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$275M verdict for toxic exposures at Monroe school, adding to swelling cost

Oct. 17, 2022 Updated Mon., Oct. 17, 2022 at 8:24 p.m.

Sky View Education Center, where environmental and health officials repeatedly found elevated levels of various toxins including PCBs.  (Steve Ringman/Seattle Times)
Sky View Education Center, where environmental and health officials repeatedly found elevated levels of various toxins including PCBs. (Steve Ringman/Seattle Times)
By Taylor Blatchford Seattle Times

Ten students and parents who say they suffered serious neurological injuries from chemical exposure at a Monroe school have been awarded $275 million by a King County jury.

The lawsuit against Bayer Pharmaceuticals – which owns chemical giant Monsanto, the manufacturer of polychlorinated biphenyls, or PCBs – is the fourth to result in a multimillion-dollar verdict. The first three resulted in jury verdicts of $268 million distributed to 14 plaintiffs. One lawsuit is ongoing and 16 more lawsuits are awaiting trial.

In all, more than 200 students, parents and teachers from the Sky Valley Education Center, an alternative school in Snohomish County, have sued Monsanto over environmental contamination at the school.

They claim the Monroe School District knew as early as 2014 that PCBs were found on the campus, but, despite cleanup efforts, toxins were still being found into 2019.

A Seattle Times and ProPublica investigation this year found that the district was slow to respond to environmental hazards even while publicly reassuring staff, students and their parents that the school was safe.

Plaintiffs say exposure to PCBs on campus led to health effects including neurological problems, skin lesions, cancer, hormonal diseases and other illnesses. PCBs were banned by the EPA in 1979 but still remain in some structures built before then, including in lighting ballasts at Sky Valley before they were replaced.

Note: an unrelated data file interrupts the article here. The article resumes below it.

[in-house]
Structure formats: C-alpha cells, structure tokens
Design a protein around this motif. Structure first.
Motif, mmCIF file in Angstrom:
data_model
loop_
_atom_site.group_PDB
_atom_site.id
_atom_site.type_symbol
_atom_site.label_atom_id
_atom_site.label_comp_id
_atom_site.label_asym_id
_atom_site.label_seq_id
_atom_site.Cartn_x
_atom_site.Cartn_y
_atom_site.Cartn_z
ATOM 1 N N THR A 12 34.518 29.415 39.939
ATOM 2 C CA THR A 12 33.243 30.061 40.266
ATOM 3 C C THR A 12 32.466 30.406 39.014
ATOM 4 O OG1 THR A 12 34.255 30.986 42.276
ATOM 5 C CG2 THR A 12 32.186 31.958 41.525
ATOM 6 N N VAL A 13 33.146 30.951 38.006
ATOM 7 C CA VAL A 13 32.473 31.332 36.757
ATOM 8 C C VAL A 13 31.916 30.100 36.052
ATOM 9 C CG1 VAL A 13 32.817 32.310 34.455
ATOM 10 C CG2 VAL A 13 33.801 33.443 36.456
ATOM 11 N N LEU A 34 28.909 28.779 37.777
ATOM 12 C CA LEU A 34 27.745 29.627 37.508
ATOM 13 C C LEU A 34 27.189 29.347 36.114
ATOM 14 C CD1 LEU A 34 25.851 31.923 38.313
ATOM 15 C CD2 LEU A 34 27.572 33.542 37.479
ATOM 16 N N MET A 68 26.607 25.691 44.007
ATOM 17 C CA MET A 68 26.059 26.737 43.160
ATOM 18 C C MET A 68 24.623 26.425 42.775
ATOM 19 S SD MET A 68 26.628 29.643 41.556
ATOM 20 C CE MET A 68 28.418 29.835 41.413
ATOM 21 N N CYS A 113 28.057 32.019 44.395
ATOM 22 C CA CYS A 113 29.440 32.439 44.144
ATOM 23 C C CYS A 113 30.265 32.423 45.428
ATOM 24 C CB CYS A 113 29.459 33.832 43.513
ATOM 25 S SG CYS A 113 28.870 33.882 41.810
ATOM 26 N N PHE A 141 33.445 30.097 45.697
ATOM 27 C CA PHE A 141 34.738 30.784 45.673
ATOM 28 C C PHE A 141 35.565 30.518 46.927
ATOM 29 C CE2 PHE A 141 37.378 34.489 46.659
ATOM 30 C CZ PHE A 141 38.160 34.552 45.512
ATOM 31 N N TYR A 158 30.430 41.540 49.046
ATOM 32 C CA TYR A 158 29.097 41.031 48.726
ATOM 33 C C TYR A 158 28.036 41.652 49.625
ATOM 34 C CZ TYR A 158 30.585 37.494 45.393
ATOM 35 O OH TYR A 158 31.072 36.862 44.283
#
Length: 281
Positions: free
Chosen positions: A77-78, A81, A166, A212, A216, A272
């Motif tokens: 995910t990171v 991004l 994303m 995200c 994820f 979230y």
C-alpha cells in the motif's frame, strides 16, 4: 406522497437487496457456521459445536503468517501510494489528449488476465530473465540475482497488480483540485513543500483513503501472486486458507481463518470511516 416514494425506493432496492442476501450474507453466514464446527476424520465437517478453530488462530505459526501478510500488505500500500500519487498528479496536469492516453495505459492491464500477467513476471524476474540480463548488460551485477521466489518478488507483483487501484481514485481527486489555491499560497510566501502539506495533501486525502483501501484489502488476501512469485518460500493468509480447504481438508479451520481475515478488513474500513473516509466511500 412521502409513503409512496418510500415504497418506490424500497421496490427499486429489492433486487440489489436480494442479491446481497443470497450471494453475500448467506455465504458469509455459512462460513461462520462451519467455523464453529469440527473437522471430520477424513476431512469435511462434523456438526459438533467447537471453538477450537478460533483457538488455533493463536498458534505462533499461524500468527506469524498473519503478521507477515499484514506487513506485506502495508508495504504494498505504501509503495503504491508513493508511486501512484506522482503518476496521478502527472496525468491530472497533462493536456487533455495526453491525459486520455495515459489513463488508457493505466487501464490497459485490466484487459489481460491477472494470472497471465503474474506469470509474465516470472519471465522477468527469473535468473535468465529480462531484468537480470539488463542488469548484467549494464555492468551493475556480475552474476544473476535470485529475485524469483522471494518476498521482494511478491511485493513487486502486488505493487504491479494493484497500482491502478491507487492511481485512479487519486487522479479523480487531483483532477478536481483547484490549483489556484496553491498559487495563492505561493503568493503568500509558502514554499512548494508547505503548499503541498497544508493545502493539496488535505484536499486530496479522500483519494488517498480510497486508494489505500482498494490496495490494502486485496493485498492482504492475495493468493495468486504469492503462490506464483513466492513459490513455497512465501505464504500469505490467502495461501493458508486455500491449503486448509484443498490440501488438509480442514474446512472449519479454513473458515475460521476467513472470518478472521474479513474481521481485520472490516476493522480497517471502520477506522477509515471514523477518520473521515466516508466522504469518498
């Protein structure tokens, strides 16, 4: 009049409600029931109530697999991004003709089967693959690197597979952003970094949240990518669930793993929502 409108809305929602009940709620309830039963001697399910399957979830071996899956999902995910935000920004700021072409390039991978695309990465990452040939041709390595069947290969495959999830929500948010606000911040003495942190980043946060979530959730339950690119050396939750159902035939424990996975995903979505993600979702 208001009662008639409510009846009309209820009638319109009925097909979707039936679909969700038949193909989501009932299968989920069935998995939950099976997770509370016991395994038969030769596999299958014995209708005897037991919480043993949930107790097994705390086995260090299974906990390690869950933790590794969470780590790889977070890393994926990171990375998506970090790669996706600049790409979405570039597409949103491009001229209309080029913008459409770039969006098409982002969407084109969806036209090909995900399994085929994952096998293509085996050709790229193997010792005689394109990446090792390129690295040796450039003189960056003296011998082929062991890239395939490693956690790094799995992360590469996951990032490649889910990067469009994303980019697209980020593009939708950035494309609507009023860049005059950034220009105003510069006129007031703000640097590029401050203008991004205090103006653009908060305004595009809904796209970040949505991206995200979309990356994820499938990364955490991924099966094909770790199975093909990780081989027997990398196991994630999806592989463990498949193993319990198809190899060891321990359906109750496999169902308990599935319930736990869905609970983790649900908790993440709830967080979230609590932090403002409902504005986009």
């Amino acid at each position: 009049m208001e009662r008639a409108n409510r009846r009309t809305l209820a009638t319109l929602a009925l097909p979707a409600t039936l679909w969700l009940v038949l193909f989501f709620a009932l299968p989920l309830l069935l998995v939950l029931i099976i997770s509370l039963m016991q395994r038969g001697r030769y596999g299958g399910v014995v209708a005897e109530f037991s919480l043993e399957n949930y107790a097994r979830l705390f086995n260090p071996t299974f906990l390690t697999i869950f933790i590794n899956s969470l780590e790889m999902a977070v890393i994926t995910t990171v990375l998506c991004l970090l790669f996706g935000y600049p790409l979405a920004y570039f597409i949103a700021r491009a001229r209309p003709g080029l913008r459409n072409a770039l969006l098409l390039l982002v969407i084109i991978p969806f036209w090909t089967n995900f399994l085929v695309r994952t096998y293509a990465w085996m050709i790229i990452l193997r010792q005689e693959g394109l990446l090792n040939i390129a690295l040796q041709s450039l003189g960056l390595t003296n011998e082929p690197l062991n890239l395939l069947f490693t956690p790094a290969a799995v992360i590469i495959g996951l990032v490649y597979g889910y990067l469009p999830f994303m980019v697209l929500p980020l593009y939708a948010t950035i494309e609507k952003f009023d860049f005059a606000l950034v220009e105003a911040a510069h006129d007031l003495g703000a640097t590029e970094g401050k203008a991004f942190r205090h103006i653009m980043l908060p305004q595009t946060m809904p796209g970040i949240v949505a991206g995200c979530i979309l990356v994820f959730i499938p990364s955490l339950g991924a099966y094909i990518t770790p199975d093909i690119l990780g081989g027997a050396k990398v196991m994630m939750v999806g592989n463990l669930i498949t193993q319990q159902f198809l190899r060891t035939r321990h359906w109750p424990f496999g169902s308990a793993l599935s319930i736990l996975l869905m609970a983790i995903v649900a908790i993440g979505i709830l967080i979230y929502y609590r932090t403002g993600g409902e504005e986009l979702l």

In the recent verdict, delivered late last week, a jury awarded three parents $5 million each in damages and seven students between $20 million and $52.5 million each. The students’ ages while at Sky Valley ranged from teenagers to infants brought to the school by their mothers.

The $275 million total includes both compensatory and punitive damages. Washington state doesn’t typically allow punitive damages in this type of case, but plaintiffs’ lawyers successfully argued that laws in Missouri, where Monsanto was headquartered, applied to the case.

The series of jury verdicts for Sky Valley plaintiffs have resulted in some of the largest awards nationwide for individual PCB exposures.

“PCBs are a systemic poison, which means they attack all the bodily systems,” said Rick Friedman, an attorney representing the Sky Valley plaintiffs.

“Everybody had different exposures, because it was a constantly changing environment. I think the different amounts reflects the various juries’ assessments of how badly hurt each person is.”

Bayer Pharmaceuticals said in a statement that it disagrees with the verdict and plans to appeal, as it has with previous verdicts.

The company said the evidence in the case did not support the conclusions that plaintiffs were exposed to unsafe levels of PCBs. “The air and other tests in evidence reflected either no or extremely low levels of PCBs in this school, and there was no physical evidence introduced at trial showing exposure to PCBs, such as blood testing results,” the statement reads.

Bayer also pointed to failures on the part of the Monroe School District.

In early 2022, the school district agreed to a $34 million settlement with parents and students exposed to PCBs. The district did not accept responsibility for hazardous conditions on the campus and said it acted appropriately to remove toxicants and inform parents.

This spring, Washington lawmakers allocated $1.5 million to remove toxic fluorescent lights from schools following the Times and ProPublica investigation.

“For most of the plaintiffs, it’s about getting attention to this so others don’t have to go through what they went through,” Friedman said. “The hope is the big verdicts will get the attention of legislatures and school districts and people will start to get this stuff out of schools.”

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